"There are meaningful and direct benefits to car sharing that Illinoisans will enjoy at every level; it will reduce congestion, lower the strain placed on scarce parking space inventory and it will make it easier for people to afford vehicles while simultaneously lowering the cost of transportation for those who cannot afford full-time car ownership," Rauner wrote in his recommendations for changes to the bill. "Oversight of this new industry is important to protect consumers; however, we should be careful not to unintentionally smother its growth before it has a chance to get off the ground." He also noted that the changes were made without allowing for public input or debate.
Critics of the bill have said that an Illinois resident who wants to occasionally rent out their car when it's not in use shouldn't be subject to the same taxes as major car rental companies. They've also pointed out that those companies receive tax breaks that individuals wouldn't get and that peer-to-peer rentals aren't exempt from sales tax like rental car companies are.
"It's easy for even an active follower of tech and startups to think that the constant marginal progress we see is automatic," Mischa Fisher, Governor Rauner's chief economist, told Ars Technica. "But what nearly happened in Illinois is a reminder that the legal rules matter, and if we want to have competitive marketplaces that produce new goods and services in any state, we don't want incumbent players authoring their competitors' rules without any oversight or feedback."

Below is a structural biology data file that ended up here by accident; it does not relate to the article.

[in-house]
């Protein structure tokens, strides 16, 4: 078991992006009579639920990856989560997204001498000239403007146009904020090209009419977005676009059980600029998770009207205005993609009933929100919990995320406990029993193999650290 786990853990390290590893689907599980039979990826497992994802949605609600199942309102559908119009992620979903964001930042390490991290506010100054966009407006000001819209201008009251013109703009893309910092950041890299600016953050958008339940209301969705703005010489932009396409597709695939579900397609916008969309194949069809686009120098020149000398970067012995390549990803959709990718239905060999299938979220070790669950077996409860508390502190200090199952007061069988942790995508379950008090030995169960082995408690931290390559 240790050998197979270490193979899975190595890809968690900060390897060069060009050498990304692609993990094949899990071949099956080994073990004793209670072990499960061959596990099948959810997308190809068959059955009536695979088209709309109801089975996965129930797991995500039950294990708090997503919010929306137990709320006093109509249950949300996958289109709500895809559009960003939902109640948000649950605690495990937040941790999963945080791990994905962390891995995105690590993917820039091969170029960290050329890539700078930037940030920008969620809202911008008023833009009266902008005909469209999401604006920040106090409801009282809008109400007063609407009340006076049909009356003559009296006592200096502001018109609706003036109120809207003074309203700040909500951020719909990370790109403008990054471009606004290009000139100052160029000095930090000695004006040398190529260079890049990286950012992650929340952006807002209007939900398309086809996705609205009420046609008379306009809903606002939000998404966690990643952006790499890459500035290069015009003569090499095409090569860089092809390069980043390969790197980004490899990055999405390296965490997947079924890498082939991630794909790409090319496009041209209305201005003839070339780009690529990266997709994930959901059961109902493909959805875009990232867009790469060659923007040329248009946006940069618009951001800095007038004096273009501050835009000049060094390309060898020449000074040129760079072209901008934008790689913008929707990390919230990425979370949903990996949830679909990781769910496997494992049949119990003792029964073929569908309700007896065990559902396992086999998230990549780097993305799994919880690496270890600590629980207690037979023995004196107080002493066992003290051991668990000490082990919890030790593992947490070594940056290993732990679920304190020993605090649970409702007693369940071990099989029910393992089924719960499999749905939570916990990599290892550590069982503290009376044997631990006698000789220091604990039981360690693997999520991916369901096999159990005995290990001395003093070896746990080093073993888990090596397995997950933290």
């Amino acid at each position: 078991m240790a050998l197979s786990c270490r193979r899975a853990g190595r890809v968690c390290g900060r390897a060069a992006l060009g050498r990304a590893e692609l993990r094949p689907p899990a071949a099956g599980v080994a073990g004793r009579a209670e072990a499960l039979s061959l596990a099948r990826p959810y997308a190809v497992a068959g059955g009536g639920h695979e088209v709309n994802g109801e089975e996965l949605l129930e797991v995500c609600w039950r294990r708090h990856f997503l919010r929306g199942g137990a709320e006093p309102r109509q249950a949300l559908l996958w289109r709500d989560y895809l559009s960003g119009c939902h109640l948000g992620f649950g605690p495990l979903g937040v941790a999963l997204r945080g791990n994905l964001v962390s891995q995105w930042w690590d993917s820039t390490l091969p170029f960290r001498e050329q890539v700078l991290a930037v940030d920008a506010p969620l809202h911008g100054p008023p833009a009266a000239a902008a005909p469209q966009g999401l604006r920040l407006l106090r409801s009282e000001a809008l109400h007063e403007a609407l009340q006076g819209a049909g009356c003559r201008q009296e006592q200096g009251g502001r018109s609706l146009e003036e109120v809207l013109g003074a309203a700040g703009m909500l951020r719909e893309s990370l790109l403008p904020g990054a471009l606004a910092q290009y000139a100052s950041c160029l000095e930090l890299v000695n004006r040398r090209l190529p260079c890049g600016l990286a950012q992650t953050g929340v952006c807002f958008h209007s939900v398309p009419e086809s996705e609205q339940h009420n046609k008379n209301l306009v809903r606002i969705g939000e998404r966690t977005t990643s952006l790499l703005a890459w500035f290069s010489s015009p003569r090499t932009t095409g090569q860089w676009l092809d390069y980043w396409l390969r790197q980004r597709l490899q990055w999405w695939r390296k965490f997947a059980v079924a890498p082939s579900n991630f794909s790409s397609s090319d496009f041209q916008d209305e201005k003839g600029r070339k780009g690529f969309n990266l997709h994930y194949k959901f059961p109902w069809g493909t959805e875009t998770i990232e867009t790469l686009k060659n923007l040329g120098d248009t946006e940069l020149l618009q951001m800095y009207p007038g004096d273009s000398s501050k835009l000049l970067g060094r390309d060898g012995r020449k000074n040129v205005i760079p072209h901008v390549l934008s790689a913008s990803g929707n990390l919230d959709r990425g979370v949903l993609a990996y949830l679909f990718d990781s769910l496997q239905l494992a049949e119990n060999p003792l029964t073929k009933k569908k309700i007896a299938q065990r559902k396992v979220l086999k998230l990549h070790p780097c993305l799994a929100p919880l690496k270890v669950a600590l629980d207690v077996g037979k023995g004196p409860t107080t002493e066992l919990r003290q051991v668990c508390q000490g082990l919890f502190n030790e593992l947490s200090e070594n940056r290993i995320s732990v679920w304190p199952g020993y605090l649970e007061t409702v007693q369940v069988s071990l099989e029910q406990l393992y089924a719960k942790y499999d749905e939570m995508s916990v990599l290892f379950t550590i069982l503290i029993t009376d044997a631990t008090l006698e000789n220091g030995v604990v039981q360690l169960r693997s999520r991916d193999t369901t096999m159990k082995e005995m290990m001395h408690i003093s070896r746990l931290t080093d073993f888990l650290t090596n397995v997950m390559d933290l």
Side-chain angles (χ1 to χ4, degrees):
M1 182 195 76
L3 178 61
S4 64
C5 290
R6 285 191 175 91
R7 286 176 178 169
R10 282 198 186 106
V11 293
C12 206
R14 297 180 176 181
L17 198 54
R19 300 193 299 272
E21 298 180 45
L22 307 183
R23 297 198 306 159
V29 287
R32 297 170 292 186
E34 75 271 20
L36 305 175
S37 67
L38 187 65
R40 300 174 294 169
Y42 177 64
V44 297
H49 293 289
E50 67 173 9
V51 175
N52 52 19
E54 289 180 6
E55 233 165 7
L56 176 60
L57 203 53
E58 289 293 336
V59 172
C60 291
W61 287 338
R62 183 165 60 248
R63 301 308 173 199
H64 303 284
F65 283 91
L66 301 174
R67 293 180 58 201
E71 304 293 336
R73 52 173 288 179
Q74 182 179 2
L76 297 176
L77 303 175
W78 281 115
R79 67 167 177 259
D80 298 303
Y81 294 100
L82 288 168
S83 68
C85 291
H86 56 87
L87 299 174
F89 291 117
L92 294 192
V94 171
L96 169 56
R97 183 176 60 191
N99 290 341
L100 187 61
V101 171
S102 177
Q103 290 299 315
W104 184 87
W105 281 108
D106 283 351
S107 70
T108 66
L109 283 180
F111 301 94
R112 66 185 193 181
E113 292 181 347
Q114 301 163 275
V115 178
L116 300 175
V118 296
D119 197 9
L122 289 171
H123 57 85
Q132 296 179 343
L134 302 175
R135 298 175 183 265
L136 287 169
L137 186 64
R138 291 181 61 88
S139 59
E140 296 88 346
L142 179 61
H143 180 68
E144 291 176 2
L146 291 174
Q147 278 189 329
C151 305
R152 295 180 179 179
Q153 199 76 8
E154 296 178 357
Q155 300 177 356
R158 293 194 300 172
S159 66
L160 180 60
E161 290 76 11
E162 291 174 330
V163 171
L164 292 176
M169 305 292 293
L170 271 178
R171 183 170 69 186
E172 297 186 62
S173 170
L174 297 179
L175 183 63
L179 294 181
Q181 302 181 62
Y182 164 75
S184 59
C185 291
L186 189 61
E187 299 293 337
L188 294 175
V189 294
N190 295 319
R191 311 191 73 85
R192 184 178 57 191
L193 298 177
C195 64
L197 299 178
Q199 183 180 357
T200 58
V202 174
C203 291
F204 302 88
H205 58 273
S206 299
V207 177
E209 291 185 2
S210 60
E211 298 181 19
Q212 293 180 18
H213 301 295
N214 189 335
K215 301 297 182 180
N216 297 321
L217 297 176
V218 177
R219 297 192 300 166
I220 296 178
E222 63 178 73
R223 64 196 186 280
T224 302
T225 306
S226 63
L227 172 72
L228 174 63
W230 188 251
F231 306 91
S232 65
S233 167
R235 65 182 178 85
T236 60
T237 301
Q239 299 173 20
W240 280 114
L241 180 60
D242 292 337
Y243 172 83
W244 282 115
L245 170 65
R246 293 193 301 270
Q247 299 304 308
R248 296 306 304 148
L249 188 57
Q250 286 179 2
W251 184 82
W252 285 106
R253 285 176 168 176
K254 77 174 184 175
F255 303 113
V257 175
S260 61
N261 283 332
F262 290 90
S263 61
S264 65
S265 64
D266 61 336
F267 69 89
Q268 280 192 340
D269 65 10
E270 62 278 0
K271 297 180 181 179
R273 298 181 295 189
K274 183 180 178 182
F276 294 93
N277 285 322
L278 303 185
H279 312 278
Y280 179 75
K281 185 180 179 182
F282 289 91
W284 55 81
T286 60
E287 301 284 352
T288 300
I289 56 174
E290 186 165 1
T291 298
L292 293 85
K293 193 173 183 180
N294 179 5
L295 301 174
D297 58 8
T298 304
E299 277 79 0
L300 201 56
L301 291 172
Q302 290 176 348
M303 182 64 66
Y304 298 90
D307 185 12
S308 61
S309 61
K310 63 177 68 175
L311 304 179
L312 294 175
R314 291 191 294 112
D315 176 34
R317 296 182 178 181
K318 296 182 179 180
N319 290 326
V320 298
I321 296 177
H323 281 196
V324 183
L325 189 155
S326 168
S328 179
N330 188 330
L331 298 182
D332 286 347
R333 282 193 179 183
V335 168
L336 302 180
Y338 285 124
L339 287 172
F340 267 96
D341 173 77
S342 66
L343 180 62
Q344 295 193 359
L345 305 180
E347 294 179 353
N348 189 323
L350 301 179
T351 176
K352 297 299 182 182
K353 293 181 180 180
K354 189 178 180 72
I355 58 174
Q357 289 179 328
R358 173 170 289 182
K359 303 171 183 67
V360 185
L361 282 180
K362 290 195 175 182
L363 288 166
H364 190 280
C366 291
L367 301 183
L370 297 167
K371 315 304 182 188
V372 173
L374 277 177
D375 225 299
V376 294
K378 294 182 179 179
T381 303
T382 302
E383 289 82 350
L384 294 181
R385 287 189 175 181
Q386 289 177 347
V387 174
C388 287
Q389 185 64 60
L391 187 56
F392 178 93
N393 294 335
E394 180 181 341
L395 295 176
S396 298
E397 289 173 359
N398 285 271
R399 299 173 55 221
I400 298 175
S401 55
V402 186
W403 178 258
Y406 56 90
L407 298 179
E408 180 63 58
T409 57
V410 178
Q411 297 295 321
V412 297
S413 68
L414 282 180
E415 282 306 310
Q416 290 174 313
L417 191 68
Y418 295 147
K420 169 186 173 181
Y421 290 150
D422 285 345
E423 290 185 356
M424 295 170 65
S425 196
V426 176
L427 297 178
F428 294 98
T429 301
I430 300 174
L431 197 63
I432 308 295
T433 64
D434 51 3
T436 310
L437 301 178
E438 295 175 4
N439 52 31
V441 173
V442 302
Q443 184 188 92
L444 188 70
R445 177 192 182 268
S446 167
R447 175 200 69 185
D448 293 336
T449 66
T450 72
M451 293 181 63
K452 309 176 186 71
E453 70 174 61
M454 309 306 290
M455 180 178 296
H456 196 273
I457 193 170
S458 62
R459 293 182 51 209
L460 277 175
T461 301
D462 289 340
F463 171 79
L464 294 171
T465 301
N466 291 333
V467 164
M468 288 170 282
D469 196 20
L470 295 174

Car sharing companies voiced their support for the veto, but the car rental industry isn't so pleased. "Why the Governor would veto bipartisan legislation that exempts peer-to-peer car rental providers from basic requirements is beyond comprehension," Enterprise Rent-A-Car told Ars Technica. "Ensuring vehicle safety, offering transparent pricing and collecting essential state and municipal fees is just common sense. If peer-to-peer doesn't pay taxes or fees, cities/municipalities will have to find ways to make up for lost revenue. That will only hurt local businesses and citizens while peer-to-peer companies get a free pass. We are confident the legislature will right this wrong."
The governor added that a number of other regulations put into place by the bill, such as font size requirements, real estate design rules and human inspection of drivers' licenses, don't work with the car sharing model. His recommended changes now head back to the state legislature, both chambers of which passed the bill by strong majorities.